• on 14th December, 2021

Vox Hiberniae: A Celtic Journey with St. John of the Cross – Harp, Voice and Strings

A Celtic Journey with St. John of the Cross – Harp, Voice and Strings

https://youtu.be/R2YGDeZ0haE

Vox Hiberniae, with Andrew Green, contemplate the life of St John of the Cross with Harp, Voice and Strings
(Subtitles available for Latin text, click the Subtitles/[CC] box onscreen)

00:00 O’Carolan’s Welcome (Turlough O’Carolan)
03:10 Qui Vult Venire Post Me (Chant)
05:16 Canticle 6.1 (St. John of the Cross)
05:48 Ps 64: In You Creation Finds it’s Joy (Ronan McDonagh)
09:38 3 Ascent 20.2 (St. John of the Cross)
09:58 Súile an Choilm (Ronan McDonagh)
12:48 Prayer of a soul taken with Love (St. John of the Cross)
13:33 Dark Night of the Soul (Loreena McKennitt)

For Ronan McDonagh’s music visit https://www.fuaimlaoi.com
For Loreena McKennitt’s music visit https://loreena-mckennitt-shop.myshop…

VOX HIBERNIAE:
Naomi Dunleavy-O’Shea (Violin)
Mary Louise O’Donnell (Harp/Organ)
Sarah Lane (Violin/Voice)
Kerrie O’Connor (Voice/Flute)

WITH Tenor Andrew Green

Camera and Sound: Jon Henderson
Location: Carmelite Monastery of the Immaculate Conception, Roebuck Road, Dublin 14, Ireland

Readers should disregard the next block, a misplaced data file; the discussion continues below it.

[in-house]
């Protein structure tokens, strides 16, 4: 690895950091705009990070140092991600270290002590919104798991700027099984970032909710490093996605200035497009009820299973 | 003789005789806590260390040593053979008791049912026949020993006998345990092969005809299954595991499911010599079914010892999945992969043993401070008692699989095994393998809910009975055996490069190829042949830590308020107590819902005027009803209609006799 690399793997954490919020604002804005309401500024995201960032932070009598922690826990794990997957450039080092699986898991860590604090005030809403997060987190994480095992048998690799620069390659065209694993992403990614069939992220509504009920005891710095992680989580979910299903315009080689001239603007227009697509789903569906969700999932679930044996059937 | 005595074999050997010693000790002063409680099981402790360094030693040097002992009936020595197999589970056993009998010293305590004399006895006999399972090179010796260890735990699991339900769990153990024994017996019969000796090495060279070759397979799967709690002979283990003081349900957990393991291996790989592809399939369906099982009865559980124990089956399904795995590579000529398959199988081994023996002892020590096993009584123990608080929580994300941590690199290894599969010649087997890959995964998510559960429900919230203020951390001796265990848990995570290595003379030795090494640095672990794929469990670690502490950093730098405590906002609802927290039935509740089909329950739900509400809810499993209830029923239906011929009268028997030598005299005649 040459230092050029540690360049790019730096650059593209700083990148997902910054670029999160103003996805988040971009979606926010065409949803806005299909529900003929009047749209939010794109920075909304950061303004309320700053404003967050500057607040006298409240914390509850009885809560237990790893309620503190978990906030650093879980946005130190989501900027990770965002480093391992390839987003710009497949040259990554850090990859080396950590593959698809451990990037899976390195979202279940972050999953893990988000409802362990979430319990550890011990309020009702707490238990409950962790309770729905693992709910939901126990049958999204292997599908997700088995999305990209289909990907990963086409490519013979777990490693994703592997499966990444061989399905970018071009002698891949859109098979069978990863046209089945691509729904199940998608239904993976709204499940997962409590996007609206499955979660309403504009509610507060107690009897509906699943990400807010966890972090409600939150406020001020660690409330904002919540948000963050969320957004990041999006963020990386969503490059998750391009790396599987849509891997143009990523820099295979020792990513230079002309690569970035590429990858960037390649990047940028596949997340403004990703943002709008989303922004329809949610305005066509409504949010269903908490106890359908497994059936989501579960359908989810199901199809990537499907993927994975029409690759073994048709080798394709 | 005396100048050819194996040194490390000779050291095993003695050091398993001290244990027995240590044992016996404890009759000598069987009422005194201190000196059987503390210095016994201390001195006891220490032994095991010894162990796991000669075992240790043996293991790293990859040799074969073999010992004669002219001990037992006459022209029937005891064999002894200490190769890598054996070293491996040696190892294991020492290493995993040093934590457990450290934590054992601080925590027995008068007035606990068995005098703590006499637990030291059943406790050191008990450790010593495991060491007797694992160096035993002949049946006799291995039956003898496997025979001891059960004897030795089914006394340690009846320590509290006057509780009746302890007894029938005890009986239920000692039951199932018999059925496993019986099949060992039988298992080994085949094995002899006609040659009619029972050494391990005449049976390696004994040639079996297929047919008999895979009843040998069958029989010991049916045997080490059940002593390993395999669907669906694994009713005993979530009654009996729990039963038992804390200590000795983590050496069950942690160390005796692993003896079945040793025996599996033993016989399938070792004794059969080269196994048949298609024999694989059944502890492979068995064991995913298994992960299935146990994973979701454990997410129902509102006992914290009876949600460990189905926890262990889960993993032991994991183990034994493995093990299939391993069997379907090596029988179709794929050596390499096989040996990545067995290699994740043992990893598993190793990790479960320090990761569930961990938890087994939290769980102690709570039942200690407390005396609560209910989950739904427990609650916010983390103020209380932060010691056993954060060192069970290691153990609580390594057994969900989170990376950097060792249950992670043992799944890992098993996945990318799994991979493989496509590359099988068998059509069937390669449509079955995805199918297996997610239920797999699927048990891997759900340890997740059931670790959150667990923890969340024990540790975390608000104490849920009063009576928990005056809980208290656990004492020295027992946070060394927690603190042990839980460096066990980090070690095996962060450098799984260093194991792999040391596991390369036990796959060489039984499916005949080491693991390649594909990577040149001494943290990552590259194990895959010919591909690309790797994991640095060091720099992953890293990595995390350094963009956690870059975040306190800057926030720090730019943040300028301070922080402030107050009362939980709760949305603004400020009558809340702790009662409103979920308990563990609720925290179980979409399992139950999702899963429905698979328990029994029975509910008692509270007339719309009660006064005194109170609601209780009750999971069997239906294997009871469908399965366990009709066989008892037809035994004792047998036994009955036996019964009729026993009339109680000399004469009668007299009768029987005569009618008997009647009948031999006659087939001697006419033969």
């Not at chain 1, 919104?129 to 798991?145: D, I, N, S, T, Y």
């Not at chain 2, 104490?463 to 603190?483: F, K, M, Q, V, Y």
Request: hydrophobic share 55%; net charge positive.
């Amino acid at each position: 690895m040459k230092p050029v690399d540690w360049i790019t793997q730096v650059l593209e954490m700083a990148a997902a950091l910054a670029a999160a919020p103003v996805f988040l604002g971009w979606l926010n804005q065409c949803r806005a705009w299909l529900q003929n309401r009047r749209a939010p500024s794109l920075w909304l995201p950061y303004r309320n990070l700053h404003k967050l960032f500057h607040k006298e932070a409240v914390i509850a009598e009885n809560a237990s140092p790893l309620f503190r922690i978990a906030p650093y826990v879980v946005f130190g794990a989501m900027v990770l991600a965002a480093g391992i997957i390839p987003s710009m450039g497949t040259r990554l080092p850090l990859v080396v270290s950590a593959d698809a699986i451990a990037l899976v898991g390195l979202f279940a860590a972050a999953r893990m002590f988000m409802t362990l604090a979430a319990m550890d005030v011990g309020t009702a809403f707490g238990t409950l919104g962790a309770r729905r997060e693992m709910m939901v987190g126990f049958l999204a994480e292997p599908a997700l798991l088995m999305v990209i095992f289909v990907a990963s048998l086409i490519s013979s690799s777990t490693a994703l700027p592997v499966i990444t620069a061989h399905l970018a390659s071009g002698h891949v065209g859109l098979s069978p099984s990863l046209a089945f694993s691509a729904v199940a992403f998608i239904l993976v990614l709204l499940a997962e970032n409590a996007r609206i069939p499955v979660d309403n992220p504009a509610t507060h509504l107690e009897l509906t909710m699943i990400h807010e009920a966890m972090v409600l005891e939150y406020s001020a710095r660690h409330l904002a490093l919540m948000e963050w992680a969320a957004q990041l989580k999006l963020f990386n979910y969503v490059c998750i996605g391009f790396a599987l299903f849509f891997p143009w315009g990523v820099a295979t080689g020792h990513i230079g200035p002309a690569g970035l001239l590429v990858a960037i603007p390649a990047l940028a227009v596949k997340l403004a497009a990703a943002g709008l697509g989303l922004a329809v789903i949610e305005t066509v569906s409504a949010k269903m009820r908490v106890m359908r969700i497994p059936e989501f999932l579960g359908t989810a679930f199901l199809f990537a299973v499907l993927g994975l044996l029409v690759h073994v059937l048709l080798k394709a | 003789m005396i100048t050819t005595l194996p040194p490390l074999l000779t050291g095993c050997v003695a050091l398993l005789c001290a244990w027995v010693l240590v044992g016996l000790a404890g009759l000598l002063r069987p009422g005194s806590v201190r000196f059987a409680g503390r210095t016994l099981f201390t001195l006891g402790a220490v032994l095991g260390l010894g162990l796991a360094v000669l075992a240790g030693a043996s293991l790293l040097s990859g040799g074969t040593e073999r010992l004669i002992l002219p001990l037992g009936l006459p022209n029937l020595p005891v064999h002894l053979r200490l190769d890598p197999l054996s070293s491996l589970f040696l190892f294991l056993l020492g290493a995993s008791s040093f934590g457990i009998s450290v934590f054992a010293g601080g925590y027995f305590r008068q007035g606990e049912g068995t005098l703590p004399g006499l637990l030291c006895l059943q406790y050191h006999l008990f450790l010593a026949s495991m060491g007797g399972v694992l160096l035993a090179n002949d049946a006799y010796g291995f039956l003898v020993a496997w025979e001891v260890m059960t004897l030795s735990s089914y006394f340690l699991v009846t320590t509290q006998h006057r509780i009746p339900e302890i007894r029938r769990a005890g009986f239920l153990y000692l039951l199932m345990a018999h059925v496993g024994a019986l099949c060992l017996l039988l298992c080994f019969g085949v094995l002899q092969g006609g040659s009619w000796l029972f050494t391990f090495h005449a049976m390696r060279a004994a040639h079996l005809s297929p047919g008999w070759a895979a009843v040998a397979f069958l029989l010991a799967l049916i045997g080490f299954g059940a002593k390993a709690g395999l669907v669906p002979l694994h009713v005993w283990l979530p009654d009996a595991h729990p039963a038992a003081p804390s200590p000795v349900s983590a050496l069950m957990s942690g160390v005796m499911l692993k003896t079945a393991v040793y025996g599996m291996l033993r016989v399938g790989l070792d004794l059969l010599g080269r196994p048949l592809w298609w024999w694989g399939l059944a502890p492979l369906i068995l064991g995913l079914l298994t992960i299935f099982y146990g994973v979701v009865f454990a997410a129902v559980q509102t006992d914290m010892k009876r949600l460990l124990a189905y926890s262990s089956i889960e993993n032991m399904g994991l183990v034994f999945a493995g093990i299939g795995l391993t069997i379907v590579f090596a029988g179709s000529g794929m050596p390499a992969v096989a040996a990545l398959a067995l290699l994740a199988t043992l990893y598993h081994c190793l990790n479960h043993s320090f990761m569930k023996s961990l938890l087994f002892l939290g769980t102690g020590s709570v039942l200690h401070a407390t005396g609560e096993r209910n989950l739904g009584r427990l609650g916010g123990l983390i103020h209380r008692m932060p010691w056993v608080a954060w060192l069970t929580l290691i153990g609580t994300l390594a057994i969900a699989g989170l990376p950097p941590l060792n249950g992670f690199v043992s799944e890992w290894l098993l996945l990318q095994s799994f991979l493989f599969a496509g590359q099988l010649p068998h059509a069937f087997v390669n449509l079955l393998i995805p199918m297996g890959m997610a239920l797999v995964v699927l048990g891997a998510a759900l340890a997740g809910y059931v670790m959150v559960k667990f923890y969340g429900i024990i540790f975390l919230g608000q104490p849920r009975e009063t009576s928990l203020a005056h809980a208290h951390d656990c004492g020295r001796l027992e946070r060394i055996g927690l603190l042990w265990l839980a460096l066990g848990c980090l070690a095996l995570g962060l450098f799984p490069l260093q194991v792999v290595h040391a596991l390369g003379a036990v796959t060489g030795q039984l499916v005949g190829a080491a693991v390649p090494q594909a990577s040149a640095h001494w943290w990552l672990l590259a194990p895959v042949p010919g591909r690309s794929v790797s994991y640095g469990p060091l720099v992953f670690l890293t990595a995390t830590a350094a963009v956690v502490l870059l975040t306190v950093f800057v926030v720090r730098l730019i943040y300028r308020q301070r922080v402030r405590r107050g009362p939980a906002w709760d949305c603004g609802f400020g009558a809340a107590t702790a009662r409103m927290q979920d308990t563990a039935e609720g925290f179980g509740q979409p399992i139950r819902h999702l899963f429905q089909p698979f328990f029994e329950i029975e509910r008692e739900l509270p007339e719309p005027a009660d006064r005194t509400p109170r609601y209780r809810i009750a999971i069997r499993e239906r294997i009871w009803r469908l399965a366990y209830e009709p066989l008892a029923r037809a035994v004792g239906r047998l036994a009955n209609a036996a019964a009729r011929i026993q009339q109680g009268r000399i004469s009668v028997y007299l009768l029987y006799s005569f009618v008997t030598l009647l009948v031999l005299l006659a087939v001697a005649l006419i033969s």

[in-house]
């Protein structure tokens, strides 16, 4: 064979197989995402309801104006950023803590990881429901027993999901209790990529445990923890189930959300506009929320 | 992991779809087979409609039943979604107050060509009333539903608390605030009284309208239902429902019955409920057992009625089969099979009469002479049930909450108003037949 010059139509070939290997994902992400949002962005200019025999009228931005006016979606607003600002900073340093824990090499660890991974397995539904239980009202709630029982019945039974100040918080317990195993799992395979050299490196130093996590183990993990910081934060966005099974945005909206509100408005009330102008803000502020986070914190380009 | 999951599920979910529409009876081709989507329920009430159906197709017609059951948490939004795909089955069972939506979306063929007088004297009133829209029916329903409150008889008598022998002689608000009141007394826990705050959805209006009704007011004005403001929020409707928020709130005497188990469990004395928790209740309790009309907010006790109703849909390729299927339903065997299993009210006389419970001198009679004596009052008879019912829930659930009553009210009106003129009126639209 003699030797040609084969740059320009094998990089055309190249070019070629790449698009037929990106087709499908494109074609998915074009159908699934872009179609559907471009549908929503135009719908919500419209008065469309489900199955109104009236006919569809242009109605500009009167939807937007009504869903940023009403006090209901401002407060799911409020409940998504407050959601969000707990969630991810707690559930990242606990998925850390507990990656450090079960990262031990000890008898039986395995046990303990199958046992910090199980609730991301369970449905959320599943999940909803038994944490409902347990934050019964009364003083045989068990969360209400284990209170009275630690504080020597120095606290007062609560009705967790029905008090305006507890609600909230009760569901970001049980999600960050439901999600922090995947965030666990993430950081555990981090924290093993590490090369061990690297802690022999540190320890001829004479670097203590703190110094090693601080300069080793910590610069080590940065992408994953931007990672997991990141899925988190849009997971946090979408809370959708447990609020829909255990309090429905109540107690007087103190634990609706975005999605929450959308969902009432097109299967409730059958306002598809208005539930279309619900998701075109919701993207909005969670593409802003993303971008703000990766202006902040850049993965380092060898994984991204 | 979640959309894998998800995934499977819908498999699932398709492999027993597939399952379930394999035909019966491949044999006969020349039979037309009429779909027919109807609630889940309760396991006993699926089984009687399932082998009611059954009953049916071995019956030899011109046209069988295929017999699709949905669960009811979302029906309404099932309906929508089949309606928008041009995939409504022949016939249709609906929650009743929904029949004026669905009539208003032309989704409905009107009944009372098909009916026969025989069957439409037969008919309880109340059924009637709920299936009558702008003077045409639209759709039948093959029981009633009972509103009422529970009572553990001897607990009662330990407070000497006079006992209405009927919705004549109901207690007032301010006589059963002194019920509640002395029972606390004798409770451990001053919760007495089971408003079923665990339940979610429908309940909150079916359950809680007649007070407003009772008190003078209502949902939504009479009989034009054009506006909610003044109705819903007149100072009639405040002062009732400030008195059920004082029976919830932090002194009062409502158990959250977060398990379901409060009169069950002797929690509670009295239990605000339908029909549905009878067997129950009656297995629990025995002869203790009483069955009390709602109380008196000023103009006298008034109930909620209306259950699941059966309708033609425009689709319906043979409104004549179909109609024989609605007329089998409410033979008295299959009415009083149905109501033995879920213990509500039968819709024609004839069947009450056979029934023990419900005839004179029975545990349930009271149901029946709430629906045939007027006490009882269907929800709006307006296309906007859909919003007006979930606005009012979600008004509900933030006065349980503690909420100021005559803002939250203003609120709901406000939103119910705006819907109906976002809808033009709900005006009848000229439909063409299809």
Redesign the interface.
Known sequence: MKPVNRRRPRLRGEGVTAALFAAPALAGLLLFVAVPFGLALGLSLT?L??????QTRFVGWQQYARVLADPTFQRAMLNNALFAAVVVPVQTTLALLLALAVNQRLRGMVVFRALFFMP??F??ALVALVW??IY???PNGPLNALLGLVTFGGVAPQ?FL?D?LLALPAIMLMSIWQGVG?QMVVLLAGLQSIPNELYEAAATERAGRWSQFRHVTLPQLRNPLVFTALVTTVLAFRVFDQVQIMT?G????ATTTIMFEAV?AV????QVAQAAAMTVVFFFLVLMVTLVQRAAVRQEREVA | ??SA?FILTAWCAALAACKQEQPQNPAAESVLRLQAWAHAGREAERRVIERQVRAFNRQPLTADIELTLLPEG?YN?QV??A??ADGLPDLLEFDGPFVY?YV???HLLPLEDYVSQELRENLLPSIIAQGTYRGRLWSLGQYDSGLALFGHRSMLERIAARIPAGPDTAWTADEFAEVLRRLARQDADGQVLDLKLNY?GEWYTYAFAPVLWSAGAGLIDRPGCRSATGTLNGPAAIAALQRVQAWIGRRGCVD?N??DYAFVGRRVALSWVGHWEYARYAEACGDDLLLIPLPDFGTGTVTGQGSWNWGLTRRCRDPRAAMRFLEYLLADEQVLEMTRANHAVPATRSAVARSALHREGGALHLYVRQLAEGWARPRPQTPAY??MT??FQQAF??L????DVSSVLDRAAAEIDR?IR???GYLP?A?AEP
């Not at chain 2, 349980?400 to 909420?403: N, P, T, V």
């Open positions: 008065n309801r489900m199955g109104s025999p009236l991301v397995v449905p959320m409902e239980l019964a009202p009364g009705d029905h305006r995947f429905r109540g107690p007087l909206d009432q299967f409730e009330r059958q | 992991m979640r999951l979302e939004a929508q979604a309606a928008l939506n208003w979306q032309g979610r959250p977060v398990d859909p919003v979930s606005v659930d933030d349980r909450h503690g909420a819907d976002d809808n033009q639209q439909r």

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Vox Hiberniae together with Andrew Green draw on a variety of composers and genres to reflect musically on the life of St. John of the Cross. O’Carolan’s Welcome invites us into the Carmelite Monastery of the Immaculate Conception where the community of Discalced Carmelite Sisters continue the contemplative tradition of St. John of the Cross. The plainchant Qui Vult Venire Post Me is the Communion Antiphon used for the memorial of St John of the Cross on the 14th December and honours his response to Jesus’ call to “deny yourself, take up your cross and follow me”. Inspired by the spiritual canticle of St. John of the Cross Ronan McDonagh’s refrain in his setting of Psalm 64 echoes the psalmist’s reflection on the praises of God proclaimed in creation. The instrumental Súile an Choilm, translated as the eyes of the dove and referring to a passage from the Song of Songs, appears as the offertory piece in Ronan’s mass setting composed to mark the quincentenery of the death of St John of the Cross. Finally the saint’s most famous work “Dark Night of the Soul” is interpreted in Loreena McKennitt’s beautiful piece of the same name.

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